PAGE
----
I’m not joking but vending machines are really everywhere. While going to our hotel, I noticed that almost all corners have vending machines. It seems that Japanese likes to use vending machines.
A. Use vending machines if you will buy train tickets or cards. In Hongkong and Singapore, I bought our Octopus card and EZ Link card at the counter but in Japan, you need to buy, load or adjust your fare at the ticket vending machine. Good thing there is English language for this.
B. We bought zoo tickets, museum tickets and park tickets at the vending machine. There are no other way to buy the attraction tickets except for Tokyo Disney, I bought our park tickets at the counter.
C. For drinks and food, it is normal that there are vending machines. Just drop your coins and press the button. But I was shocked when I need to use the vending machine just to order food, and present the receipt at the counter.
D. If you will recycle your plastic bottles, you need to use vending machines too.
A. In the Philippines, whenever we buy something we just pay directly to the cashier but in Japan, you have to use the money tray. The cashier will not get your money if you hand it to her/him, they will point you the money tray.
B. Taxes are not included in the price so sometimes you will see two prices, one without tax and one with tax.
C. There is no bagger, we pack our own groceries or stuff whenever we buy something. Some groceries even charge for plastic bags, 2 yen per bag.
Japan is a highly developed country but not all accepts credit cards so make sure you always have cash. I do not see money changer during our trip so make sure you have Japanese Yen before leaving the airport.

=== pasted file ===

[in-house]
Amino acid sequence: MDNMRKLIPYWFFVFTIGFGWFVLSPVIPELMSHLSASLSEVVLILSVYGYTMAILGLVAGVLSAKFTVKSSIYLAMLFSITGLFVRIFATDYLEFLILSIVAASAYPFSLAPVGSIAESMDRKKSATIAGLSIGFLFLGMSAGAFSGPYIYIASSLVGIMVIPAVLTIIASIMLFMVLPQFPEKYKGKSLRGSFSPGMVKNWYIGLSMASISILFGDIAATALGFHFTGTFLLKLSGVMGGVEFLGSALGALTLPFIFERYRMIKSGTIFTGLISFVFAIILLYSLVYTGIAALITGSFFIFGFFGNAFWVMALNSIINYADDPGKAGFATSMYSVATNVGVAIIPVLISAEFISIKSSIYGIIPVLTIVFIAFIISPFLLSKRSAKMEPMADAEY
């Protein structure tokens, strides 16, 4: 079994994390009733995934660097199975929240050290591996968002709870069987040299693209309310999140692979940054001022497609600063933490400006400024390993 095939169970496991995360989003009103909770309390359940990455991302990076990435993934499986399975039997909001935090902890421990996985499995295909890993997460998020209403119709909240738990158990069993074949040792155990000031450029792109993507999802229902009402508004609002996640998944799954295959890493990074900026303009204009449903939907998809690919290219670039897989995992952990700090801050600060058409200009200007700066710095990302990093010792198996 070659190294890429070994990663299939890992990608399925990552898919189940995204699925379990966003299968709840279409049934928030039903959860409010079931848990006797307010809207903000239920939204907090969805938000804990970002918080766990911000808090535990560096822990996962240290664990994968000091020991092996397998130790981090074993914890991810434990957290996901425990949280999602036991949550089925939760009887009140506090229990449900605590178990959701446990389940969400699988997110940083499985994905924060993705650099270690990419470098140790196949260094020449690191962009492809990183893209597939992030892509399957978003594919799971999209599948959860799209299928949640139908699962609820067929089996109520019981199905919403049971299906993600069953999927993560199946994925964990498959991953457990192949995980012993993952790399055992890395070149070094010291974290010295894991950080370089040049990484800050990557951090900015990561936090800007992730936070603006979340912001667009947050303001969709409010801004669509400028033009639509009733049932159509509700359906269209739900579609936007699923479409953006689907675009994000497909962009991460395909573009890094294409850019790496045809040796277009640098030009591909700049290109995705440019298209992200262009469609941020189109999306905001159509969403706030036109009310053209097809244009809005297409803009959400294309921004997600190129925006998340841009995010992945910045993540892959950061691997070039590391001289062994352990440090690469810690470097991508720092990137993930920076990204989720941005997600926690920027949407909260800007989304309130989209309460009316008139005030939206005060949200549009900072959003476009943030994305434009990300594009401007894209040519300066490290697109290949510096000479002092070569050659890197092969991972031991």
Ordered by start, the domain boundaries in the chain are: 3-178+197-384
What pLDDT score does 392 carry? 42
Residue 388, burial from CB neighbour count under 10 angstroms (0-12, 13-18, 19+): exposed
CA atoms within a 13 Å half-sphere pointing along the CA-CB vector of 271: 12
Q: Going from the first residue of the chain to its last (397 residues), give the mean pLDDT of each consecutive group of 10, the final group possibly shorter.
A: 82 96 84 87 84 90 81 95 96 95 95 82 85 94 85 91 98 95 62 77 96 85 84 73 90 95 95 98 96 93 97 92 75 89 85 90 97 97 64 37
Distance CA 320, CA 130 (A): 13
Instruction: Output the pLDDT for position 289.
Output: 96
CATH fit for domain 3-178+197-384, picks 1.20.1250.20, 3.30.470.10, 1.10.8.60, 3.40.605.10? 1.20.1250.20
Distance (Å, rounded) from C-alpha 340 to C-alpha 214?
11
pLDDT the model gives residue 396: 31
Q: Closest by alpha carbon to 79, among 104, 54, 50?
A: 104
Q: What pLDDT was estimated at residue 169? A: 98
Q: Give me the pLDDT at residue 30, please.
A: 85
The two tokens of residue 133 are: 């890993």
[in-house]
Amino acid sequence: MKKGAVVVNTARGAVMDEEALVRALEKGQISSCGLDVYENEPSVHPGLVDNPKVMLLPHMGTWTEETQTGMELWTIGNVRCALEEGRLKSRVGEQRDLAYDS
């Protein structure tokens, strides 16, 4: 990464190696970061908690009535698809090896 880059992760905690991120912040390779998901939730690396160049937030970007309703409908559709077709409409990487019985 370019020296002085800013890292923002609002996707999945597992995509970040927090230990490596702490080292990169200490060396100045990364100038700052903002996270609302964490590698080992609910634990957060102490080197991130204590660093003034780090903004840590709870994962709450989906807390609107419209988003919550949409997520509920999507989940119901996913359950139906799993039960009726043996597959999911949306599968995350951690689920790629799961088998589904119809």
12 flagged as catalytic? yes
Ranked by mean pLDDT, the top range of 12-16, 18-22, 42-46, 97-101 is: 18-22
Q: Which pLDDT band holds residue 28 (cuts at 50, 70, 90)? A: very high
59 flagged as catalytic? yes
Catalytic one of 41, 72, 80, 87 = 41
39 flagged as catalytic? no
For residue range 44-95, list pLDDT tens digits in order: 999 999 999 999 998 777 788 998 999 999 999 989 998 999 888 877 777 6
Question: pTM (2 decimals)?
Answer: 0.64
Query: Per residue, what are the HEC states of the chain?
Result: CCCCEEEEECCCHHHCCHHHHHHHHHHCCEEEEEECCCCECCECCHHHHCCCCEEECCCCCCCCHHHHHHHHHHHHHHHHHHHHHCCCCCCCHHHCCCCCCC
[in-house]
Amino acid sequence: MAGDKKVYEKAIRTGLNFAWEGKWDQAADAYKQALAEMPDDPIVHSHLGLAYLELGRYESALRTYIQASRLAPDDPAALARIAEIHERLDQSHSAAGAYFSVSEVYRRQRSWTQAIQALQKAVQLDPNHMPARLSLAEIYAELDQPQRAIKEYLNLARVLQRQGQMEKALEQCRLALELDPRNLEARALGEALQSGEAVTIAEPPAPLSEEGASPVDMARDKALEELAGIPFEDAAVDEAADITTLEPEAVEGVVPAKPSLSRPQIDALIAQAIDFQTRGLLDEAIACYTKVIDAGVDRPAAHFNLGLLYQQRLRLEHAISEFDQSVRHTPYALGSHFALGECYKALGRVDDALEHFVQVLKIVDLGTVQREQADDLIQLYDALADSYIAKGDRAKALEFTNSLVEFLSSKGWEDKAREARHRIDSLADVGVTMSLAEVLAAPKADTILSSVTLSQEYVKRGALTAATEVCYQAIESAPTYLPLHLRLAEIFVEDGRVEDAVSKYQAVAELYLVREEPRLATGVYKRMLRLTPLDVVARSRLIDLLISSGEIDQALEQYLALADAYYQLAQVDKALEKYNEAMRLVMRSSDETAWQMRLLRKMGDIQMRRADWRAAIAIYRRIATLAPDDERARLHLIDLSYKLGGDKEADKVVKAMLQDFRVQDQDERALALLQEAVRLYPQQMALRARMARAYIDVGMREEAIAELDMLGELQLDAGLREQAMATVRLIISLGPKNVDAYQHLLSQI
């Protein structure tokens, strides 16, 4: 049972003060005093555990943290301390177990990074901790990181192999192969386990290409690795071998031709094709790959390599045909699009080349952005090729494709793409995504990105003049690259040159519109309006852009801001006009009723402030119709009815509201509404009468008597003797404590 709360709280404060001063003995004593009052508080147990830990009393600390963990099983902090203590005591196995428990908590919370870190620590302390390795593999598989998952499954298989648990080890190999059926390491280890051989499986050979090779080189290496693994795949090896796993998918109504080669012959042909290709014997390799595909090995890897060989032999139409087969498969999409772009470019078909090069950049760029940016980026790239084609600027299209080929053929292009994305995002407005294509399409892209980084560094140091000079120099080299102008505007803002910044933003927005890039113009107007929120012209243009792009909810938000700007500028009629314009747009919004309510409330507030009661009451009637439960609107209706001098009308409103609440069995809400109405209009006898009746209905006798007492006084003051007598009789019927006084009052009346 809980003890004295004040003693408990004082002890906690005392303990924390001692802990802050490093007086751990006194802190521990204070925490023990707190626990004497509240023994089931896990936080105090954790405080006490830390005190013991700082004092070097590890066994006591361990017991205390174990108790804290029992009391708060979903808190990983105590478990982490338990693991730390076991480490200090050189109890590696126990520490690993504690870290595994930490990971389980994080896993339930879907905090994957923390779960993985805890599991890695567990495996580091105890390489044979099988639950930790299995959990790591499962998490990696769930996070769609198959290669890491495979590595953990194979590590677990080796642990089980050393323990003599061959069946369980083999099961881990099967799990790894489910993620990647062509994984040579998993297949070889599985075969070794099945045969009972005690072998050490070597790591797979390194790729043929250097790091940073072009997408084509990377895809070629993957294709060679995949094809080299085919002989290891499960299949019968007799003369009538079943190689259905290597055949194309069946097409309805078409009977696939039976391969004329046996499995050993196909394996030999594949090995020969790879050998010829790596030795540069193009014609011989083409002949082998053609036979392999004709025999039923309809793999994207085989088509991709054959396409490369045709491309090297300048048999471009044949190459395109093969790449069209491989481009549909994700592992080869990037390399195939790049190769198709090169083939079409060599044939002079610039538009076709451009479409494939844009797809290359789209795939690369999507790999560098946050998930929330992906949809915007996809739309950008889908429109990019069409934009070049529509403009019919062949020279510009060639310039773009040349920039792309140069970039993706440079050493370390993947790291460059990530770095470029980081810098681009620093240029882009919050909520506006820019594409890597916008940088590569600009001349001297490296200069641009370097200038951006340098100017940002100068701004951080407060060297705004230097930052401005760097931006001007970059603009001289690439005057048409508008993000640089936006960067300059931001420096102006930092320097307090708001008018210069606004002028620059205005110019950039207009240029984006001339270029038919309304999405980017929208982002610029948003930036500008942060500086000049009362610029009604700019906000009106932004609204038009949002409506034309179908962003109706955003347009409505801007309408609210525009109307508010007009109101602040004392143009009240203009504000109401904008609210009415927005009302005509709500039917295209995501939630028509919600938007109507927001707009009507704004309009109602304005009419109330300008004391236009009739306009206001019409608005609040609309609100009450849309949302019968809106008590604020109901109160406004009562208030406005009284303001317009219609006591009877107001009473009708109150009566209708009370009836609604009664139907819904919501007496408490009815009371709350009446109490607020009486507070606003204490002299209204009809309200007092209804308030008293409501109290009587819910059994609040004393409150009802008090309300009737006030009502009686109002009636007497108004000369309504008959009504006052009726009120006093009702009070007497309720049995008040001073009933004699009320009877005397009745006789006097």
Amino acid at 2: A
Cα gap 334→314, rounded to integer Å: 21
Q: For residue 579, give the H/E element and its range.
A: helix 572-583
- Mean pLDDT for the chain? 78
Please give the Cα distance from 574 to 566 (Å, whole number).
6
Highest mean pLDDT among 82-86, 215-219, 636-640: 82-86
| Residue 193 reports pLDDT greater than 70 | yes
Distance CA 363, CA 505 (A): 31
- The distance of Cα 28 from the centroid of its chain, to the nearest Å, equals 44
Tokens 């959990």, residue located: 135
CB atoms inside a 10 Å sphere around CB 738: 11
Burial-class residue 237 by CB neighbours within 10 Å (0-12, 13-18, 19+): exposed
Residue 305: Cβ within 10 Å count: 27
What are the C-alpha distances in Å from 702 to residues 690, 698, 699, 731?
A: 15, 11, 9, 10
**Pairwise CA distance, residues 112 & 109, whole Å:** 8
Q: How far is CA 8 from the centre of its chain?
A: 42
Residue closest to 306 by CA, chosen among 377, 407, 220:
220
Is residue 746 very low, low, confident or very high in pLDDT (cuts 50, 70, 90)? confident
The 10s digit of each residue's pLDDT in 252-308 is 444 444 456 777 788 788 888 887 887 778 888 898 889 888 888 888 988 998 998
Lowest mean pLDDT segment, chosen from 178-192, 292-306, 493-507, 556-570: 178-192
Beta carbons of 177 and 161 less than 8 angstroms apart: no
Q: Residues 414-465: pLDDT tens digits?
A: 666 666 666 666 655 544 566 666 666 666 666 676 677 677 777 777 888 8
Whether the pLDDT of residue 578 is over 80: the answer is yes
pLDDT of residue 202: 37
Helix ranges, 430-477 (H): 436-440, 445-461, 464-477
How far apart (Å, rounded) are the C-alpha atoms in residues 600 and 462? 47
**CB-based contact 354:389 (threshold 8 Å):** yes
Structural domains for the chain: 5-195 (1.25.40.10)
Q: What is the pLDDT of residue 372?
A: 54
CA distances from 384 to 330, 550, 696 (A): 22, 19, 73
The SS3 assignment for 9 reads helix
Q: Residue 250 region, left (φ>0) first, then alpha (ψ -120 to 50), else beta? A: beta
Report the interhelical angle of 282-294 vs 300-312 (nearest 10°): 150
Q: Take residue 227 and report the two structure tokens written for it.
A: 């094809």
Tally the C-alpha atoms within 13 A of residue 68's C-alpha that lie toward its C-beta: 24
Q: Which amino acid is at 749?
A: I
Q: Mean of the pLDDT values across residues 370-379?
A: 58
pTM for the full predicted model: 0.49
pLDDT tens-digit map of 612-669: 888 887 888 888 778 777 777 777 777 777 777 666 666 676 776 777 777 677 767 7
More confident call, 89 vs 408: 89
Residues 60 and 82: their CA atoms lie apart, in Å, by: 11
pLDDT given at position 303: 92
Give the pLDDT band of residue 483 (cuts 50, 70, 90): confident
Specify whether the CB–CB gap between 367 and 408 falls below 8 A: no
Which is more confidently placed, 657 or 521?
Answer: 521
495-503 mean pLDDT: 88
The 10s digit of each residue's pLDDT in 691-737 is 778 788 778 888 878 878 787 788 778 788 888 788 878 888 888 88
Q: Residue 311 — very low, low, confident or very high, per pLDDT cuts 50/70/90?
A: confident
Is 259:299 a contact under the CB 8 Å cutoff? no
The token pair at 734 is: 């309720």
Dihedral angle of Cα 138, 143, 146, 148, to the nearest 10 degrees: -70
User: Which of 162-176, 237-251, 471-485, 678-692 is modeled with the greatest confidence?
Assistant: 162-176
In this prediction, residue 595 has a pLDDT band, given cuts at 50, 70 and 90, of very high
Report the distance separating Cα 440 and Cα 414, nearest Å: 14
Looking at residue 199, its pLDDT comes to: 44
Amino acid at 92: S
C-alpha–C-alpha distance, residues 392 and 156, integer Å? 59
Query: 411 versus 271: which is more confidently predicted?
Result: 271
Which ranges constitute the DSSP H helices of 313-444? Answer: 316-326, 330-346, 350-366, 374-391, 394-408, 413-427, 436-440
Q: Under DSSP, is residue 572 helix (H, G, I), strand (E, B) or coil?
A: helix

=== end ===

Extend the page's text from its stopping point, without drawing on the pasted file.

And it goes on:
Don’t expect that there is free wifi everywhere so I suggest you rent a pocket wifi or avail the roaming surf in your postpaid account.
I don’t know why my roaming is not working properly, I can receive text and calls but I cannot send text or call so I just activated my Globe surf roaming at P599 for 24 hours so I can message my husband.
10. Japanese are so disciplined
It is obvious that they always fall in line in train but even in other places like theme parks, they will automatically fall in line even there is no staff na nagpapila. Whenever they see someone standing, makikipila na sila sa likod mo.
I also noticed this sa mga nagfield trip na kids. They are so disciplined, sa isip-isip ko kung sa Pinas yan habol na ng habol ang teacher. Hehehe!
11. Japan is a safe country
Japan is one of the safest country in the world so when we went to Japan, I have peace in mind that my son and I can tour Japan safely. I even see small children who are riding trains alone and even toddlers who are on field trip have no guardians.
I did not see security guards in the mall, groceries or restaurants. No one is checking your bag.
12. Japan toilets are very unique
I’ve been meaning to use the toilet in Japan because it is very unique and true enough, it is very different from what we have. It is something that I really miss in Japan, you have warm seat and different buttons for bidet, deodorizer, scents, sounds and many more. You can even adjust it according to your preference.
13. Mirrors are very amazing too
It is very common that the bathroom mirror will have moist after you take a bath but in Japan, may space na walang moist. Amazing!
14. Tactile paving
I always see tactile paving on the stairs, train stations and footpaths and my husband informed me that this is designed for blind or visually impaired. Ang bongga di ba! People will know if they need to walk, pause or if they are approaching pedestrain crossing. I also saw this in Singapore train stations pero in Japan, everywhere I go I see tactile paving.
After our Japan trip, we went back to the Philippines. Home is still the same but something in our minds has changed. It is really true that
“Travel changes you. As you move through this life and this world you change things slightly, you leave marks behind, however small. And in return, life and travel leave marks on you.